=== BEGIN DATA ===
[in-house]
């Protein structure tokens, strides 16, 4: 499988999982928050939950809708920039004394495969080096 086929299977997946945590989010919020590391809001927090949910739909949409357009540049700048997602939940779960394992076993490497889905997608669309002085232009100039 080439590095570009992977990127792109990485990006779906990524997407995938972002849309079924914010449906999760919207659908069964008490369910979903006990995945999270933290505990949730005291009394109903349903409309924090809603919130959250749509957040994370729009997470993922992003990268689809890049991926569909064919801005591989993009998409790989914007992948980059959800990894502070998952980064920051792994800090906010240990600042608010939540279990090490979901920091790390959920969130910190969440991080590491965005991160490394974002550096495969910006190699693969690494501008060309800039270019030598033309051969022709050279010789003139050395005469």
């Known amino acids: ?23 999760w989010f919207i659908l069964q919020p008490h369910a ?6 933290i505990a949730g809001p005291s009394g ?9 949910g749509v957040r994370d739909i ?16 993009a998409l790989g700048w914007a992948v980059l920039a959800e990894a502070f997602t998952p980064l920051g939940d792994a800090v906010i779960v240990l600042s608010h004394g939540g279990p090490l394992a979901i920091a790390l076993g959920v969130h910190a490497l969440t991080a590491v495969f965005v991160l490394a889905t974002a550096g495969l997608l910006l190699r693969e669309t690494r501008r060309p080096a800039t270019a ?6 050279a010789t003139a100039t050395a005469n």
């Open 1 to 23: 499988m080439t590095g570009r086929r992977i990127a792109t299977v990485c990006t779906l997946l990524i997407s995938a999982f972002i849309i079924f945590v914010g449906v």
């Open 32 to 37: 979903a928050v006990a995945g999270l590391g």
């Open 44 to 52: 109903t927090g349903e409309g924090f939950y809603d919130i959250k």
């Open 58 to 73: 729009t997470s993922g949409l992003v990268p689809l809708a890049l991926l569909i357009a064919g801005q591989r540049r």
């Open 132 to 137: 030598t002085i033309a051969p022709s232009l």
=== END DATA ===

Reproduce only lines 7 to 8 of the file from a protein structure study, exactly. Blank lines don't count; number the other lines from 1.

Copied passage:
């Open 58 to 73: 729009t997470s993922g949409l992003v990268p689809l809708a890049l991926l569909i357009a064919g801005q591989r540049r």
């Open 132 to 137: 030598t002085i033309a051969p022709s232009l």